Secure Online Banking
Banking online has become a common or everyday occurrence for many people across the UK, making the cheque book a very niche commodity in a very short time indeed, considering how long it has been in use.
As the technology to handle, transfer, and store money grows more and more sophisticated, so, unsurprisingly are the techniques those of the criminally minded who look to relieve you or your bank of it.
No system can be 100% guaranteed safe, as the constant game of cat and mouse between the sides goes on, but there are some sensible precautions that should be exercised as a matter of course whenever banking online.
Make sure you have up to-date anti-virus software in place. It is easy to locate and easy to install. Nothing will ever be 100%, but this is a good start.
Use a password that isn’t obvious, like a pet’s name, or your partners would be, use a mix of letters, numbers and possibly symbols, to keep it un-guessable. Using the same password for more than one site, lowers the security level exponentially.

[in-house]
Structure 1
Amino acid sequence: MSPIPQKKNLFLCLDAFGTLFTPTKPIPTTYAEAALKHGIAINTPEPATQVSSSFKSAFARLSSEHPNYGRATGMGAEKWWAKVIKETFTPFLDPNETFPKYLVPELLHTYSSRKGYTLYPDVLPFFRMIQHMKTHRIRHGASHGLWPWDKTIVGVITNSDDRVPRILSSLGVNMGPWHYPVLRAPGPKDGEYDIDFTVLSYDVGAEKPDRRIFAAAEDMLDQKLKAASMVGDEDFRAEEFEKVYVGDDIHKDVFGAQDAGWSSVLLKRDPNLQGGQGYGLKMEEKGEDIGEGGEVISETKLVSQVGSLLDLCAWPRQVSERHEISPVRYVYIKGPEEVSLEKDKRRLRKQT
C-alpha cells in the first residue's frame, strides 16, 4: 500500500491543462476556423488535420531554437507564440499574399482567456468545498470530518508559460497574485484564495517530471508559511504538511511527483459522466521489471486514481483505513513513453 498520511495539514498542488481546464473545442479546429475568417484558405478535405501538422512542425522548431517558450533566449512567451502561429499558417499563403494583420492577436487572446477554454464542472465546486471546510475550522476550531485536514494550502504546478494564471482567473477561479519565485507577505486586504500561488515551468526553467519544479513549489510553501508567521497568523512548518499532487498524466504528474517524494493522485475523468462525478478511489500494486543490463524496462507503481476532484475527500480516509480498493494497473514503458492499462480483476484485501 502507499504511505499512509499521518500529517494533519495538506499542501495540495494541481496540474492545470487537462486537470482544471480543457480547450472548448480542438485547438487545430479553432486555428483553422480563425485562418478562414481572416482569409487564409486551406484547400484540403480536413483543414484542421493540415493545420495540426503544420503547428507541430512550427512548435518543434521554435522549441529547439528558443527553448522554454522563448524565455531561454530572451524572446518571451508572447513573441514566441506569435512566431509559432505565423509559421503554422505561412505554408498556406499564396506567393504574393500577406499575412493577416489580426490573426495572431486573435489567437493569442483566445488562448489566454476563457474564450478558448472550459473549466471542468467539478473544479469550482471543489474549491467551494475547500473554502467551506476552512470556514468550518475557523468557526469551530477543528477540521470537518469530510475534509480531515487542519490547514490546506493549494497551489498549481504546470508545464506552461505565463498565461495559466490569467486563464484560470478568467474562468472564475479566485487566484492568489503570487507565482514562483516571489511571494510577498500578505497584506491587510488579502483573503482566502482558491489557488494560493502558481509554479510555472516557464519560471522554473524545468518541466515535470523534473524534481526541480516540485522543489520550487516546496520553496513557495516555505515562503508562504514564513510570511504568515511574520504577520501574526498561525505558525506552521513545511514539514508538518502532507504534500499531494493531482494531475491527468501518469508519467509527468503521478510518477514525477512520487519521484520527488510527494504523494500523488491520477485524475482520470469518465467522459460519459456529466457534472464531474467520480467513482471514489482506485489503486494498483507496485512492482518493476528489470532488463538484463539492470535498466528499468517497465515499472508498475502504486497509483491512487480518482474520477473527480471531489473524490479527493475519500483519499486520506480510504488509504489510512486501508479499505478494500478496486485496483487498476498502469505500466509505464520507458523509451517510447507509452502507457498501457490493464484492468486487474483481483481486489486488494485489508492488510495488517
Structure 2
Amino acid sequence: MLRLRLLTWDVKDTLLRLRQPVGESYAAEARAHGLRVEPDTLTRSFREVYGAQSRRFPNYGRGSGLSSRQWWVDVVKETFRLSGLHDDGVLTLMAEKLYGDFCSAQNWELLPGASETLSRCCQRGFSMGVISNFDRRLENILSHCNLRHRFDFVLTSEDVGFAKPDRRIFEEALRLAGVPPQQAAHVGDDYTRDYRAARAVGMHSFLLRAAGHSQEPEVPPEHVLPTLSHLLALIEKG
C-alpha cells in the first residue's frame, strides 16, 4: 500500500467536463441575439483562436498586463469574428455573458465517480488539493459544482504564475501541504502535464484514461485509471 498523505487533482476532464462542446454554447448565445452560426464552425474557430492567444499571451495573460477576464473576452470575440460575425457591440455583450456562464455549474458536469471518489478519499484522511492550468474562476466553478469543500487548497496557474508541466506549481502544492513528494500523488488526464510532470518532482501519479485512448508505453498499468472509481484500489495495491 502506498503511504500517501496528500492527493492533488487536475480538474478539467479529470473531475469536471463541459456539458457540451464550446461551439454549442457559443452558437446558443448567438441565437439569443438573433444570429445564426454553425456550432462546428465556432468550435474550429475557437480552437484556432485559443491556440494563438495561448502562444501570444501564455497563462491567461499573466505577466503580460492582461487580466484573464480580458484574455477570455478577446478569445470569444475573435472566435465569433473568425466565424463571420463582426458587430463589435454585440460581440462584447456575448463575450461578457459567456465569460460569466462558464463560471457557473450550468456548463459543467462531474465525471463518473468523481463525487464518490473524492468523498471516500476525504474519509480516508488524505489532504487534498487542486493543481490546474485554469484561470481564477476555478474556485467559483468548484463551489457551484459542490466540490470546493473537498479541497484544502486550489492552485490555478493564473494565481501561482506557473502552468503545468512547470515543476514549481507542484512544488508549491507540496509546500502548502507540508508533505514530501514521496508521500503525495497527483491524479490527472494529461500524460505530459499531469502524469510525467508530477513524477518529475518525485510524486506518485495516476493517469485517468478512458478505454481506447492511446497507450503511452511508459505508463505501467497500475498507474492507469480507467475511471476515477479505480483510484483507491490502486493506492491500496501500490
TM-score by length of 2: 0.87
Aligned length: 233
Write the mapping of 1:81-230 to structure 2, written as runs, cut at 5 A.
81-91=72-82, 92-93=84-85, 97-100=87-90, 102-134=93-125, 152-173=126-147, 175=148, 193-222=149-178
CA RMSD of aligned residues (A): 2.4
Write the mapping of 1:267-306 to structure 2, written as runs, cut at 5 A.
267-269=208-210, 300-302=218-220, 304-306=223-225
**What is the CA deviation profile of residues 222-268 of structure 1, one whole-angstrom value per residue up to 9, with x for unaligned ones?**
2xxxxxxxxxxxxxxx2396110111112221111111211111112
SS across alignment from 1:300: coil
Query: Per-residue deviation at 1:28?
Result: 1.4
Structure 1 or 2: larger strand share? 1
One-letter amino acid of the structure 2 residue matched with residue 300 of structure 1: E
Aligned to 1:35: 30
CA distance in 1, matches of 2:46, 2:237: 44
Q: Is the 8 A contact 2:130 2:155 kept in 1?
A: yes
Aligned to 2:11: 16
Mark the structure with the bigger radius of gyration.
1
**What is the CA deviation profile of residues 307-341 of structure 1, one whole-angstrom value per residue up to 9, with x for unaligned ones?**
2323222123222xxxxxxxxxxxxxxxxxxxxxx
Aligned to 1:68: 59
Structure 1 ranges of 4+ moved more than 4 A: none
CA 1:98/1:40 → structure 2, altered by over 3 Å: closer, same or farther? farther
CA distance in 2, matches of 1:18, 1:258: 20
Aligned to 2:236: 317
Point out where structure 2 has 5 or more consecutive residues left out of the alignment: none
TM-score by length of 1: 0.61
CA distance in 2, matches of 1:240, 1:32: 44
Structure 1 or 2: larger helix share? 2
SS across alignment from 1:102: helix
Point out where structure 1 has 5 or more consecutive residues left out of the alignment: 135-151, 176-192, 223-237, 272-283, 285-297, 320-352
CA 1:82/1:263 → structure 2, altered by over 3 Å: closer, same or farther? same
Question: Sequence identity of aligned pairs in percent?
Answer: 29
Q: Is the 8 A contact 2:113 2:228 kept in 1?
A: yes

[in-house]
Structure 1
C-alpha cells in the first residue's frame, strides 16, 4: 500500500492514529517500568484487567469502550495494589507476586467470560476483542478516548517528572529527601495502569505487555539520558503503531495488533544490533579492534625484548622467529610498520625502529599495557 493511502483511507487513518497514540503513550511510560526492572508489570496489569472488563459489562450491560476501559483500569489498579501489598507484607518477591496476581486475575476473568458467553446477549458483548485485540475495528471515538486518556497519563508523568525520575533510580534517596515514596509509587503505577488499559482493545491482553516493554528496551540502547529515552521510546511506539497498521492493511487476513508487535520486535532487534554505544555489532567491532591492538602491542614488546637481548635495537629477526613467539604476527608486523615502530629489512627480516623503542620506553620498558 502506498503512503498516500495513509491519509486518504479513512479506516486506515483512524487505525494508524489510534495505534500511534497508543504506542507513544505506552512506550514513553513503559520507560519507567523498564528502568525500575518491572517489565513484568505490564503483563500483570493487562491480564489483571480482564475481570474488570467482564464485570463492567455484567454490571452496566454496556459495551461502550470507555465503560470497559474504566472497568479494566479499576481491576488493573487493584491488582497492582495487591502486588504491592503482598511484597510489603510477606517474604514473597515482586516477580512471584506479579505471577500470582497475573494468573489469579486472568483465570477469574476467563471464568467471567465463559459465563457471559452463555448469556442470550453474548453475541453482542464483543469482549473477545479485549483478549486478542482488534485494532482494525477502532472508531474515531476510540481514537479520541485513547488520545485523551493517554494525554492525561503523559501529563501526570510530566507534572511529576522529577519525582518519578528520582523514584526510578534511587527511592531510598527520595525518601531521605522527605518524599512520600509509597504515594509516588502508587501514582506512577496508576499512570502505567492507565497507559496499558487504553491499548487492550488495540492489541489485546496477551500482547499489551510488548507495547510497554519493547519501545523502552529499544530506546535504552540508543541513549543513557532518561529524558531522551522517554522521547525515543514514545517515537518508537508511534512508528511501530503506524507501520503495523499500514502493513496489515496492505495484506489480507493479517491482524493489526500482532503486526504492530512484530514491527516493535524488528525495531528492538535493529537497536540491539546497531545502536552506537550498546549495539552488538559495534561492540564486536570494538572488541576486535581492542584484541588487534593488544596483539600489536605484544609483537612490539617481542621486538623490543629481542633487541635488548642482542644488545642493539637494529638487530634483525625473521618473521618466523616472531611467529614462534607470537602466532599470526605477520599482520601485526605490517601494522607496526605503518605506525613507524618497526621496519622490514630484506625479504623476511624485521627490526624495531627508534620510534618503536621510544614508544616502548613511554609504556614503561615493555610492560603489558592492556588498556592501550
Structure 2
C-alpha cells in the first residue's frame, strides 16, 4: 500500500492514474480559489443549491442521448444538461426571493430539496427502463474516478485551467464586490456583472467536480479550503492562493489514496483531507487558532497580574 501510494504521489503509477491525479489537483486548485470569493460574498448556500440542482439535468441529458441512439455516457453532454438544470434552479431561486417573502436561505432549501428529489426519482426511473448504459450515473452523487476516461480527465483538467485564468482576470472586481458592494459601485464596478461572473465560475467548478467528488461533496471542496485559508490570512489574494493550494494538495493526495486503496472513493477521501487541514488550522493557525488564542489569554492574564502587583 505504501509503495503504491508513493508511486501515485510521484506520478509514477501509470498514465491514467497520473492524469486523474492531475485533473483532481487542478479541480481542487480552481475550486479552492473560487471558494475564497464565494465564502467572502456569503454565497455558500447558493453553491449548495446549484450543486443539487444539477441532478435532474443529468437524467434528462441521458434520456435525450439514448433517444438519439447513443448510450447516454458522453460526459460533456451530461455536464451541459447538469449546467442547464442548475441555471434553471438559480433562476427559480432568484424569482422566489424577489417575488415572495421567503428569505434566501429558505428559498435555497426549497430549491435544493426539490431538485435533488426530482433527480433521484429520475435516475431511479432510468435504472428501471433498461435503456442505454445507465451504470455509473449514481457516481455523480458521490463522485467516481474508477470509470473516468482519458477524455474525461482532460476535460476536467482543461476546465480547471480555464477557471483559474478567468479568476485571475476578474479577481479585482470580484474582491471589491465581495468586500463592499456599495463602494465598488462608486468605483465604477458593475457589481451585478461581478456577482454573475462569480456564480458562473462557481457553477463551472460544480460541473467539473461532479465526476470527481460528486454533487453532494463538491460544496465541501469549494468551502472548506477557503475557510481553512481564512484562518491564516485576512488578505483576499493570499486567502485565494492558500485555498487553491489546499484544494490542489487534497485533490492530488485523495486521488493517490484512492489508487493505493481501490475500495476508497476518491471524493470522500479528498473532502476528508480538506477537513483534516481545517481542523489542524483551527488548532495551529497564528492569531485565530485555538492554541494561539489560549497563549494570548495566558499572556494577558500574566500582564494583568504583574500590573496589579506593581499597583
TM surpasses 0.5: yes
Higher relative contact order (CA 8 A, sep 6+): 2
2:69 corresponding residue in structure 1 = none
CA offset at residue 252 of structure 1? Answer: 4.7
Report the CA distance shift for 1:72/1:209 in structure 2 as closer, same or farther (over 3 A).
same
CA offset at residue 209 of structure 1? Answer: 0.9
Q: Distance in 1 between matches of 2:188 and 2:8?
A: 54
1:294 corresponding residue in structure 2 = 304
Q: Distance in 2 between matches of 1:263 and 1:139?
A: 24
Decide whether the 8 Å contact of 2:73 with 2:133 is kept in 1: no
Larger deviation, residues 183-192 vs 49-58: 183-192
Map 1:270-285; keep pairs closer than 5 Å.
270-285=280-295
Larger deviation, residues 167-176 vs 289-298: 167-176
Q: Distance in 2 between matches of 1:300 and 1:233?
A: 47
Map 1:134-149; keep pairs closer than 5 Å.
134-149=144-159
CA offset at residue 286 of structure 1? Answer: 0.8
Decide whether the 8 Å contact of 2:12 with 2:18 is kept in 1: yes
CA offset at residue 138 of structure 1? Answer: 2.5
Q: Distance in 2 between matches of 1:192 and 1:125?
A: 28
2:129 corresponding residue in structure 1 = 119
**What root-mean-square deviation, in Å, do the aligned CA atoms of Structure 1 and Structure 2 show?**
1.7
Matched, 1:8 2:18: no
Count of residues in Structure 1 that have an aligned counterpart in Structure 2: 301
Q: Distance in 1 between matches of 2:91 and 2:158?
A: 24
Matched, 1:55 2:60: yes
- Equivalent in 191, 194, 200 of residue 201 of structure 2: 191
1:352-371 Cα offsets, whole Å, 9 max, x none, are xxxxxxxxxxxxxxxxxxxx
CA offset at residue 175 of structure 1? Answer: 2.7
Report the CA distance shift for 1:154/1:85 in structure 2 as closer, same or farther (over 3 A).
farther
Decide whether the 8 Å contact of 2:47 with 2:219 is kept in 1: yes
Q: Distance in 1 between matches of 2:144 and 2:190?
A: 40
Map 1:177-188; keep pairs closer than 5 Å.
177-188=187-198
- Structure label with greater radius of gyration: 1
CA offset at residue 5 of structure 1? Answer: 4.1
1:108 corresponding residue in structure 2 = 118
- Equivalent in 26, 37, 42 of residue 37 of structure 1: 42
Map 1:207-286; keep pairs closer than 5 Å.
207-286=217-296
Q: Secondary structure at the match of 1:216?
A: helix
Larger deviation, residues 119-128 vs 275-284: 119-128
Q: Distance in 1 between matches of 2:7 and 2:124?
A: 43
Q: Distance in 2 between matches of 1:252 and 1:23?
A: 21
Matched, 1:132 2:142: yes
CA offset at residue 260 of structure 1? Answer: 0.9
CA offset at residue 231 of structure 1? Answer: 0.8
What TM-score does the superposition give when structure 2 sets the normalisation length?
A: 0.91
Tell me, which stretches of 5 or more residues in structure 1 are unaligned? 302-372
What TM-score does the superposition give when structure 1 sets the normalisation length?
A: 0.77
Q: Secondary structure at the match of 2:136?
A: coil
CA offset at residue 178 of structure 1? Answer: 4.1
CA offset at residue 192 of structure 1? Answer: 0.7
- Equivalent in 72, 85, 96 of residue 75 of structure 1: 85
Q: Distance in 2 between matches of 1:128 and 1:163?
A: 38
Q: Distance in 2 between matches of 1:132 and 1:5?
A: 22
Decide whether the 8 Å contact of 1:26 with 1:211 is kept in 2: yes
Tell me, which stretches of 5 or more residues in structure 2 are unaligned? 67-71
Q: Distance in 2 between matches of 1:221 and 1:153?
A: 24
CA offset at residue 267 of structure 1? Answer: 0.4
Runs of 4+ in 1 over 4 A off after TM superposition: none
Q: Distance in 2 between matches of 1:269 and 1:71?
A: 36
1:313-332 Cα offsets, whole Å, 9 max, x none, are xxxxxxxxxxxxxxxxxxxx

Do not re-use your email password, should this be compromised, this will give access to almost everything you have online, exposing you to identity theft.
Unexpected emails should be treated with caution, and regardless of their purported origin, never follow a link offered on one.
The explosive growth in social media has not gone unnoticed by the criminal. The house-breaker now has different tools. Instead of jemmy and hammer the criminal now can spend the time trawling tweets and likes for personal information. The rule of thumb is that if you wouldn’t shout it in the high street, don’t post it on social media.
Another simple brief precaution is that if you are going to make a purchase online, before giving your card detail, glance at the browser bar, where the seller’s web address begins, the s on the end of https indicates a safety encryption layer, no s, ie http, no secure encryption. Also present should be a closed padlock symbol, or unbroken key.
Do not expose your financial self by sending detail whilst using free public Wi Fi areas, as these are rarely secure and can easily be open to others in that area with software that searches for data being transferred unencrypted, which could be yours.
When you are out and about, keep your phone, tablet or whatever portable device, locked. A simple but prudent start to your internet security.